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Shanghai in the Spotlight: China's economic powerhouse

This guide is a part of the Global Resources Center's exhibit on Shanghai and World Expo 2010. It aims to provide both print and electronic resources on Shanghai, covering Shanghai's history, economy, social life, culture and architecture.

China's economic powerhouse

Shanghai in English means “on the sea” or “going to the sea.” It is located at the edge of the Huangpu River.  Having emerged as a traditional fishing town in the 11th century, Shanghai grew to become the largest city in China by the 1800s. In the 1920s and early 1930s, Shanghai entered its most prosperous era and flourished as a cosmopolitan and thriving commercial and financial center, which was once called the "Paris of the Orient." However, the boom ended in 1937 when the Japanese bombed Shanghai and later occupied the city until their defeat in 1945. The foreign enclaves were relatively unscathed, but trade and commerce were adversely affected.  

In 1949, the Communist Party of China took power. Most foreign firms, along with their financial capital, left Shanghai and the central government took control of the city and the formerly privately-held businesses. During the 1950s Great Leap Forward era and the ensuing Cultural Revolution, thousands of Shanghainese were sent to work in rural areas throughout China; Shanghai's economy suffered as a result. In the late 1970s, Deng Xiaoping declared that China would open to the world. But the economic liberalizations was first launched in China’s southern provinces. Shanghai was sidelined. In the 1990s, Shanghai was chosen by Deng Xiaoping as "the head of the dragon" for modern China's reform and opening up. Since then, the city has significantly contributed to China's economic progress and financial development.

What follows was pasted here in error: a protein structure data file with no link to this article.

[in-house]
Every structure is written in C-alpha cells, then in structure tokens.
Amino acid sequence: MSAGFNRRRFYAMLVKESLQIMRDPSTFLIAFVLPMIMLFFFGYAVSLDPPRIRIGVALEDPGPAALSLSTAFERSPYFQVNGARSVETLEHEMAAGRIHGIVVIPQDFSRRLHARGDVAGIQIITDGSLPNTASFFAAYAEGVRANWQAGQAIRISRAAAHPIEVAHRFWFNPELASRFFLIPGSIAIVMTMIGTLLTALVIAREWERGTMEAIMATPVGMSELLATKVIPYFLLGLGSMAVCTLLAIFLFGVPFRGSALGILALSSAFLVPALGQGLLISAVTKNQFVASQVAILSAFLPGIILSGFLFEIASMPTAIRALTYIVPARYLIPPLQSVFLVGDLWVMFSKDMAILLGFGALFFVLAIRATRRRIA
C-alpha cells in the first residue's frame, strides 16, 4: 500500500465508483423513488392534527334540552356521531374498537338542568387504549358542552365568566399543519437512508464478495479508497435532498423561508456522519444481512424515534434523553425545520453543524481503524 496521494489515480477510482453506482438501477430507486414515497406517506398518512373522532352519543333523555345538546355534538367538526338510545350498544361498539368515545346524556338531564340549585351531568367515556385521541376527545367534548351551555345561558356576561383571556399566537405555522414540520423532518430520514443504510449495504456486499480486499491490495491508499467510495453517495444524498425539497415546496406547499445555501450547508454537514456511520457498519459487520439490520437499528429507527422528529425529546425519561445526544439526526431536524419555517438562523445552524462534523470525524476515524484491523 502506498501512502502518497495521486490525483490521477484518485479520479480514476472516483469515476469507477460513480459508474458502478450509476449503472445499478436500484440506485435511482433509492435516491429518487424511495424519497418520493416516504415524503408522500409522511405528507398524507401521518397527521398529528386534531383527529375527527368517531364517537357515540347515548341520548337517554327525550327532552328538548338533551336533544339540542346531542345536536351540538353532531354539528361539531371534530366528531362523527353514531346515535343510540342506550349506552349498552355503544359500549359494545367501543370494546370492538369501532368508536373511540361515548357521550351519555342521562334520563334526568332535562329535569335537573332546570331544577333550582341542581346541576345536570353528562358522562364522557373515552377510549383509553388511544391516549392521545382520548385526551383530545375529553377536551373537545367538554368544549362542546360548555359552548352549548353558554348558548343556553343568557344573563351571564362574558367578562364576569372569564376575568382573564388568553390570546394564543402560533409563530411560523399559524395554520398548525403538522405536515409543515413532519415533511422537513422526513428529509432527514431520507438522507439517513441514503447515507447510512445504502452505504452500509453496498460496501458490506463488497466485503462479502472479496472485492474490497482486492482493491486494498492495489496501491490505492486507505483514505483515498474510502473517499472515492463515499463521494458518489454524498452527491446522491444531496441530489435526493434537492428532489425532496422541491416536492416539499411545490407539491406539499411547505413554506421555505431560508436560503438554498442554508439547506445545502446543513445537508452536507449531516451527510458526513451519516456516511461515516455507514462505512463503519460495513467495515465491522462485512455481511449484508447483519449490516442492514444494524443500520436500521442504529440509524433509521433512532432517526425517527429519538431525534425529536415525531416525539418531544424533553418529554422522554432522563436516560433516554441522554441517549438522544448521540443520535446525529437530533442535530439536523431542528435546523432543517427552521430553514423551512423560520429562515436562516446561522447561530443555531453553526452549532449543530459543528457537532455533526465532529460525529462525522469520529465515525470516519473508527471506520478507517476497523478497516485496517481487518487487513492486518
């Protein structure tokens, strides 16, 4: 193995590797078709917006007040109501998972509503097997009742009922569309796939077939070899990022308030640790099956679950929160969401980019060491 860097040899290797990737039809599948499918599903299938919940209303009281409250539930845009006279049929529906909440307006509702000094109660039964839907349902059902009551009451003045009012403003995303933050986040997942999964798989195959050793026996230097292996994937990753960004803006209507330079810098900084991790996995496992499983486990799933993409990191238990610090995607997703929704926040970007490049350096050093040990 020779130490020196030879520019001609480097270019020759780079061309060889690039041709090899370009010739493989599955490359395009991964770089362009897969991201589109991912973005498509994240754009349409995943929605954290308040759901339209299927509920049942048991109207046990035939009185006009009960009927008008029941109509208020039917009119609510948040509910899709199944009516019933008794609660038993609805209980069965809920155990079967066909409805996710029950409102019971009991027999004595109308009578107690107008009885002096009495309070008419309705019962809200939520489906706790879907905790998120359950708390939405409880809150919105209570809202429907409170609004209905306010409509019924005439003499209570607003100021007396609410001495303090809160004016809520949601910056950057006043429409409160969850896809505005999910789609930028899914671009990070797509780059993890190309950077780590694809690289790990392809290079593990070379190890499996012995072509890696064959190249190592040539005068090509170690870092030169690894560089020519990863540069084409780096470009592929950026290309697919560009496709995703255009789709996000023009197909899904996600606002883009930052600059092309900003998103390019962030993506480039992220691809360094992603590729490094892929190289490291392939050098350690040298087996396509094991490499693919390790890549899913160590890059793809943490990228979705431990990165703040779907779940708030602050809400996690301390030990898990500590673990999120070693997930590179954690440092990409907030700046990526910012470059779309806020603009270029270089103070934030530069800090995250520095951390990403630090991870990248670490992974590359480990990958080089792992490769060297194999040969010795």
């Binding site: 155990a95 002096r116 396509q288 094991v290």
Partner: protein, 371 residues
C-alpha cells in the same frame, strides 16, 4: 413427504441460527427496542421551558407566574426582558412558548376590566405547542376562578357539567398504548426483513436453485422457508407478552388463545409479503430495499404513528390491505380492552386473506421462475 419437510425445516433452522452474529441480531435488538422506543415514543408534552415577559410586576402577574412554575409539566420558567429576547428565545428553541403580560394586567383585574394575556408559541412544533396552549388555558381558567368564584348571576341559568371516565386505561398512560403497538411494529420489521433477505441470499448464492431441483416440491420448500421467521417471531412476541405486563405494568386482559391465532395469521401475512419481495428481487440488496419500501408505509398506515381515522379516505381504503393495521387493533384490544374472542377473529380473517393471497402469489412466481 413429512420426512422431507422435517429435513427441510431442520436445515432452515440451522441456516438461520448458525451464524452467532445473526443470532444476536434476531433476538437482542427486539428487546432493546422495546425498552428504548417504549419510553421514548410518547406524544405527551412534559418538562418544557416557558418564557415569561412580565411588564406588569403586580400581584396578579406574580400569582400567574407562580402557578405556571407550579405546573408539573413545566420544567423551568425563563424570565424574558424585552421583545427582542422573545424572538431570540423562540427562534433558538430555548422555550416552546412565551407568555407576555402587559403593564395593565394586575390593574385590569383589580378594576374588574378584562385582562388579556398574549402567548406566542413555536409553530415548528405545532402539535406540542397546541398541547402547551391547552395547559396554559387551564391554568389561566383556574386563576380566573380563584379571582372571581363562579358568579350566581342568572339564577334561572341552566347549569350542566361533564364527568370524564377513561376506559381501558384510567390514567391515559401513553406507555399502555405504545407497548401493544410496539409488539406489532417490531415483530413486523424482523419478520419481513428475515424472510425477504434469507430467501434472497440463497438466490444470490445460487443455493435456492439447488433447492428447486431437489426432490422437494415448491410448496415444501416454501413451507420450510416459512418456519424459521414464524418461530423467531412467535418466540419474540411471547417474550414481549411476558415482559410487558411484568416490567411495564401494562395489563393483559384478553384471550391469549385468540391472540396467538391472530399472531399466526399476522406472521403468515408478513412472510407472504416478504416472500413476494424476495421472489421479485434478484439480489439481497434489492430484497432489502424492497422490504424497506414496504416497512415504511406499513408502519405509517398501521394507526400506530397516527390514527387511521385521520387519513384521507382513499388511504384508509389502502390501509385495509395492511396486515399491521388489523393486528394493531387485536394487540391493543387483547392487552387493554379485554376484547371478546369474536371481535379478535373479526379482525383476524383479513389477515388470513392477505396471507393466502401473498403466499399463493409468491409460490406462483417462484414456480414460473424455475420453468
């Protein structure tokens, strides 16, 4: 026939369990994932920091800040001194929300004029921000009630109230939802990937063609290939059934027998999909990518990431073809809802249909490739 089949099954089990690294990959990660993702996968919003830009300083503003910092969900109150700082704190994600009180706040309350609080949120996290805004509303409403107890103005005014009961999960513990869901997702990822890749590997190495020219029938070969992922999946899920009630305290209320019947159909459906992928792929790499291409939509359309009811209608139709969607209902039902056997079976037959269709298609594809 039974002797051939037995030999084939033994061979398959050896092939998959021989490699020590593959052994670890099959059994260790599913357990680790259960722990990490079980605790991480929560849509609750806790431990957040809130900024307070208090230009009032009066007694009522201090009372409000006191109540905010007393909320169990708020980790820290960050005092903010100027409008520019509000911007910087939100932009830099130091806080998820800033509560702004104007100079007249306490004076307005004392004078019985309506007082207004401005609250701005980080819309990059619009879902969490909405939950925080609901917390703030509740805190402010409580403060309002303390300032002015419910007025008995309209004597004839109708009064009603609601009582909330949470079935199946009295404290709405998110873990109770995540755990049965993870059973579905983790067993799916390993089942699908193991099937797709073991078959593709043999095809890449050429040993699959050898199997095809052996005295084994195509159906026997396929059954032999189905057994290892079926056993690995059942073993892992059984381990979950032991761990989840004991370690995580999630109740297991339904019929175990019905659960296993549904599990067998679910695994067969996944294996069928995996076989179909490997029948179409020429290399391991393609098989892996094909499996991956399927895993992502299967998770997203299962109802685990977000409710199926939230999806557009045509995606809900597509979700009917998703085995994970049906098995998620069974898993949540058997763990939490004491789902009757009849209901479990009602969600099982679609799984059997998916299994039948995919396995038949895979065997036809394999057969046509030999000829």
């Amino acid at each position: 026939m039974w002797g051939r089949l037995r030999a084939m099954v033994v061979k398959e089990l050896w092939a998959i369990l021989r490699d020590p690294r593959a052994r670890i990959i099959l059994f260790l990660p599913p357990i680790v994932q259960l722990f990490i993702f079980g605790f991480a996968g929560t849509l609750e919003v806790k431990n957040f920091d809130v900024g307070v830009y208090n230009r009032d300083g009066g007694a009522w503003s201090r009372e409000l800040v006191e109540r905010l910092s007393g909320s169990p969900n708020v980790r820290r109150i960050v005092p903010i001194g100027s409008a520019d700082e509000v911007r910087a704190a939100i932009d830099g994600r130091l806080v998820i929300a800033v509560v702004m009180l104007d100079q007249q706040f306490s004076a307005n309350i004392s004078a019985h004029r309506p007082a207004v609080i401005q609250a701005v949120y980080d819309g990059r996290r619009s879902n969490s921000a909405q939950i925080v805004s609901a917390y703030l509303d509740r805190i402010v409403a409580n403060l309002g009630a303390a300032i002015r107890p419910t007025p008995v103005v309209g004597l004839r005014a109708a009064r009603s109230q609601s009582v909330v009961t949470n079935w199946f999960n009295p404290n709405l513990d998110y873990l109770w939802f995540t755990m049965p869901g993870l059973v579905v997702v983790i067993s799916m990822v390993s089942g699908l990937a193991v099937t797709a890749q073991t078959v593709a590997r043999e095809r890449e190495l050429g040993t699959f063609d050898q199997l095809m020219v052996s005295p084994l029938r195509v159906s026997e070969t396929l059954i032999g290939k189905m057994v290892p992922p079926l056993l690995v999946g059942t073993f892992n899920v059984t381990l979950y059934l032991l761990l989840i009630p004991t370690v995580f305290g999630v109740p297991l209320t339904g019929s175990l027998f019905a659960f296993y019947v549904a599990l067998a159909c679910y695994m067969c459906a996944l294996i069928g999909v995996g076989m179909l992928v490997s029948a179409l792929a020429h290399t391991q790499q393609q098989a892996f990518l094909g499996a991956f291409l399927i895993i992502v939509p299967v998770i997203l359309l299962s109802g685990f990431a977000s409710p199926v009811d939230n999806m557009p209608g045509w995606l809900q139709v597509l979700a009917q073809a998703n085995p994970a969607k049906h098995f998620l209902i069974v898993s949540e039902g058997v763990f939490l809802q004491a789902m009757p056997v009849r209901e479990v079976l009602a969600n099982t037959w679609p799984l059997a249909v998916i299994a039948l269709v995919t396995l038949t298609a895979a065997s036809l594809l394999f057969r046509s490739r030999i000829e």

Today, Shanghai’s position is rapidly rising as "a major destination for corporate headquarters, fueling demand for a highly educated and modernized workforce." The Lujiazui district in Shanghai is growing into a sizable financial and commercial hub in the Pudong New Area, across Shanghai’s historical Bund and the Huangpu River. China's State Council said that it aims to build Shanghai into an international financial hub by 2020. For that to happen, Shanghai needs two things from the central government: the full convertibility of the RMB, and the relaxation of controls allowing the free flow of currencies in and out of the country.

 

References:

Shanghai and Hong Kong : China's emerging global financial hubs by Dan Steinbock in the Globalist. http://www.theglobalist.com/storyid.aspx?StoryId=8312

http://uspaacc.com/index.php/atm/destination-city-profiles/ 

http://www.knowledgeatwharton.com.cn/index.cfm?fa=article&articleid=2257&languageid=1


Web Resources on Shanghai's economic growth

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